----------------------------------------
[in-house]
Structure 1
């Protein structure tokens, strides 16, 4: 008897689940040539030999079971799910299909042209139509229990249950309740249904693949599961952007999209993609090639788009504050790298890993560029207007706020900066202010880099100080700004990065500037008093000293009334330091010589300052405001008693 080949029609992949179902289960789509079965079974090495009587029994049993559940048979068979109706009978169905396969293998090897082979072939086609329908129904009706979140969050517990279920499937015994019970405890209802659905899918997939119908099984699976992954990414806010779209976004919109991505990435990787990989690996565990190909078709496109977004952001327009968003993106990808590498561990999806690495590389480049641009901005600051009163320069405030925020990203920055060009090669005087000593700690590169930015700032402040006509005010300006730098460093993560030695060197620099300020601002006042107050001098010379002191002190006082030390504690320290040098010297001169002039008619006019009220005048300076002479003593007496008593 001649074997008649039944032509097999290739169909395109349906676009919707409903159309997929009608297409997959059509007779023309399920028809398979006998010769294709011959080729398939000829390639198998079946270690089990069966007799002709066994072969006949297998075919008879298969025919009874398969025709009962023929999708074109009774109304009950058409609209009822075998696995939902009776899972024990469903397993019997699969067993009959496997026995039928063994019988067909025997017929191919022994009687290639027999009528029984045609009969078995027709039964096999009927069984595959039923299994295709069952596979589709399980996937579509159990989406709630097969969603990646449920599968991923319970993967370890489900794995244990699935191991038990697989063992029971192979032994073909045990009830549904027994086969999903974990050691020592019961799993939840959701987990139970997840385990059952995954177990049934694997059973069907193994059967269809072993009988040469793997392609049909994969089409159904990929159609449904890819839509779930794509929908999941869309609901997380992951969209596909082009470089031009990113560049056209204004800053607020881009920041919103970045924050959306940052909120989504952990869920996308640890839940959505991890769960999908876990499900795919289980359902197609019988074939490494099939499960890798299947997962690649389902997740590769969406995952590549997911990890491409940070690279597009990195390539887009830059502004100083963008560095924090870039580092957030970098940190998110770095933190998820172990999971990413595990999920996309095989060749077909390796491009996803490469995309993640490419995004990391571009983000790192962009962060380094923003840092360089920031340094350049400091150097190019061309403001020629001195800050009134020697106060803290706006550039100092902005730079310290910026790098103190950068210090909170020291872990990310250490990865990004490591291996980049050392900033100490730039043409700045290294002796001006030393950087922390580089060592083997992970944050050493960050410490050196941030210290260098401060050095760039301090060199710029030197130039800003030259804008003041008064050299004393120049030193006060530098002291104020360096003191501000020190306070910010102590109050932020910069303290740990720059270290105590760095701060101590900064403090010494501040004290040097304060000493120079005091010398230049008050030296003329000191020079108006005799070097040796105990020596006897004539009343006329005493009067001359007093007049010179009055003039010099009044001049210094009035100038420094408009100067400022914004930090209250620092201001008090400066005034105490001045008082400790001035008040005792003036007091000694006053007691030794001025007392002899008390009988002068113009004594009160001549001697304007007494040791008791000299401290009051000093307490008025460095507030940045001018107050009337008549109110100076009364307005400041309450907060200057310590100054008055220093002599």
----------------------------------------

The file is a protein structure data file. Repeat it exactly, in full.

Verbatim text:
[in-house]
Structure 1
């Protein structure tokens, strides 16, 4: 008897689940040539030999079971799910299909042209139509229990249950309740249904693949599961952007999209993609090639788009504050790298890993560029207007706020900066202010880099100080700004990065500037008093000293009334330091010589300052405001008693 080949029609992949179902289960789509079965079974090495009587029994049993559940048979068979109706009978169905396969293998090897082979072939086609329908129904009706979140969050517990279920499937015994019970405890209802659905899918997939119908099984699976992954990414806010779209976004919109991505990435990787990989690996565990190909078709496109977004952001327009968003993106990808590498561990999806690495590389480049641009901005600051009163320069405030925020990203920055060009090669005087000593700690590169930015700032402040006509005010300006730098460093993560030695060197620099300020601002006042107050001098010379002191002190006082030390504690320290040098010297001169002039008619006019009220005048300076002479003593007496008593 001649074997008649039944032509097999290739169909395109349906676009919707409903159309997929009608297409997959059509007779023309399920028809398979006998010769294709011959080729398939000829390639198998079946270690089990069966007799002709066994072969006949297998075919008879298969025919009874398969025709009962023929999708074109009774109304009950058409609209009822075998696995939902009776899972024990469903397993019997699969067993009959496997026995039928063994019988067909025997017929191919022994009687290639027999009528029984045609009969078995027709039964096999009927069984595959039923299994295709069952596979589709399980996937579509159990989406709630097969969603990646449920599968991923319970993967370890489900794995244990699935191991038990697989063992029971192979032994073909045990009830549904027994086969999903974990050691020592019961799993939840959701987990139970997840385990059952995954177990049934694997059973069907193994059967269809072993009988040469793997392609049909994969089409159904990929159609449904890819839509779930794509929908999941869309609901997380992951969209596909082009470089031009990113560049056209204004800053607020881009920041919103970045924050959306940052909120989504952990869920996308640890839940959505991890769960999908876990499900795919289980359902197609019988074939490494099939499960890798299947997962690649389902997740590769969406995952590549997911990890491409940070690279597009990195390539887009830059502004100083963008560095924090870039580092957030970098940190998110770095933190998820172990999971990413595990999920996309095989060749077909390796491009996803490469995309993640490419995004990391571009983000790192962009962060380094923003840092360089920031340094350049400091150097190019061309403001020629001195800050009134020697106060803290706006550039100092902005730079310290910026790098103190950068210090909170020291872990990310250490990865990004490591291996980049050392900033100490730039043409700045290294002796001006030393950087922390580089060592083997992970944050050493960050410490050196941030210290260098401060050095760039301090060199710029030197130039800003030259804008003041008064050299004393120049030193006060530098002291104020360096003191501000020190306070910010102590109050932020910069303290740990720059270290105590760095701060101590900064403090010494501040004290040097304060000493120079005091010398230049008050030296003329000191020079108006005799070097040796105990020596006897004539009343006329005493009067001359007093007049010179009055003039010099009044001049210094009035100038420094408009100067400022914004930090209250620092201001008090400066005034105490001045008082400790001035008040005792003036007091000694006053007691030794001025007392002899008390009988002068113009004594009160001549001697304007007494040791008791000299401290009051000093307490008025460095507030940045001018107050009337008549109110100076009364307005400041309450907060200057310590100054008055220093002599």